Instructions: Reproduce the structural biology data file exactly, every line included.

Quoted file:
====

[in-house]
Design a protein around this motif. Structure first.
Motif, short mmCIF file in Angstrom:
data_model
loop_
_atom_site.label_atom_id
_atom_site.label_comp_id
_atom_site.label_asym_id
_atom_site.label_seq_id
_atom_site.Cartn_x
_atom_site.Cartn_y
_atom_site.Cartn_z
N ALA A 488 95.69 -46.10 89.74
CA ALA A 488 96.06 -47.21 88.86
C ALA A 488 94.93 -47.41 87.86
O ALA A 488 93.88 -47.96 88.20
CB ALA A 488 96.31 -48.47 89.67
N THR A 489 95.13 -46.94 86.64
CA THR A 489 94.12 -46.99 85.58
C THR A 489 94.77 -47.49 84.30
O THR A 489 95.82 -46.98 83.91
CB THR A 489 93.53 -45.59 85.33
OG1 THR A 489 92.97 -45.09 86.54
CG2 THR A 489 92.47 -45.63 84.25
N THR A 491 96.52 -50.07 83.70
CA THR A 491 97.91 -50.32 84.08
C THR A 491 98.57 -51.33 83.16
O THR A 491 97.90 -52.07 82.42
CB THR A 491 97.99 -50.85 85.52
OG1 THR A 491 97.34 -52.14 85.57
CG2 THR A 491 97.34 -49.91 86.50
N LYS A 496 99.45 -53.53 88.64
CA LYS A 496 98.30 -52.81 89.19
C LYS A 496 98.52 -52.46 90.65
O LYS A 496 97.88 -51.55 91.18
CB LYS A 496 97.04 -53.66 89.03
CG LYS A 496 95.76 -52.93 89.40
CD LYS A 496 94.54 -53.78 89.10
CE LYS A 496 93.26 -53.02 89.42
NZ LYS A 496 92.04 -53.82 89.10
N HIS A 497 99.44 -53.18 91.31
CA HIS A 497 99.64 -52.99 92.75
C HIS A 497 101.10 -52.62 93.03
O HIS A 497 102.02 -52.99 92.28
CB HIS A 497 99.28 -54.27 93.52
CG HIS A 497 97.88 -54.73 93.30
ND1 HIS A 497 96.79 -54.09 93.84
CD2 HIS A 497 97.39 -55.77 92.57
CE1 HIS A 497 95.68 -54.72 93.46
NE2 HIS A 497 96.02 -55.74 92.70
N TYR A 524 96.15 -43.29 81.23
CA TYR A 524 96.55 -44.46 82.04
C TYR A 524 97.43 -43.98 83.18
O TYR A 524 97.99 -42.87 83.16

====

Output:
[in-house]
Design a protein around this motif. Structure first.
Motif, short mmCIF file in Angstrom:
data_model
loop_
_atom_site.label_atom_id
_atom_site.label_comp_id
_atom_site.label_asym_id
_atom_site.label_seq_id
_atom_site.Cartn_x
_atom_site.Cartn_y
_atom_site.Cartn_z
N ALA A 488 95.69 -46.10 89.74
CA ALA A 488 96.06 -47.21 88.86
C ALA A 488 94.93 -47.41 87.86
O ALA A 488 93.88 -47.96 88.20
CB ALA A 488 96.31 -48.47 89.67
N THR A 489 95.13 -46.94 86.64
CA THR A 489 94.12 -46.99 85.58
C THR A 489 94.77 -47.49 84.30
O THR A 489 95.82 -46.98 83.91
CB THR A 489 93.53 -45.59 85.33
OG1 THR A 489 92.97 -45.09 86.54
CG2 THR A 489 92.47 -45.63 84.25
N THR A 491 96.52 -50.07 83.70
CA THR A 491 97.91 -50.32 84.08
C THR A 491 98.57 -51.33 83.16
O THR A 491 97.90 -52.07 82.42
CB THR A 491 97.99 -50.85 85.52
OG1 THR A 491 97.34 -52.14 85.57
CG2 THR A 491 97.34 -49.91 86.50
N LYS A 496 99.45 -53.53 88.64
CA LYS A 496 98.30 -52.81 89.19
C LYS A 496 98.52 -52.46 90.65
O LYS A 496 97.88 -51.55 91.18
CB LYS A 496 97.04 -53.66 89.03
CG LYS A 496 95.76 -52.93 89.40
CD LYS A 496 94.54 -53.78 89.10
CE LYS A 496 93.26 -53.02 89.42
NZ LYS A 496 92.04 -53.82 89.10
N HIS A 497 99.44 -53.18 91.31
CA HIS A 497 99.64 -52.99 92.75
C HIS A 497 101.10 -52.62 93.03
O HIS A 497 102.02 -52.99 92.28
CB HIS A 497 99.28 -54.27 93.52
CG HIS A 497 97.88 -54.73 93.30
ND1 HIS A 497 96.79 -54.09 93.84
CD2 HIS A 497 97.39 -55.77 92.57
CE1 HIS A 497 95.68 -54.72 93.46
NE2 HIS A 497 96.02 -55.74 92.70
N TYR A 524 96.15 -43.29 81.23
CA TYR A 524 96.55 -44.46 82.04
C TYR A 524 97.43 -43.98 83.18
O TYR A 524 97.99 -42.87 83.16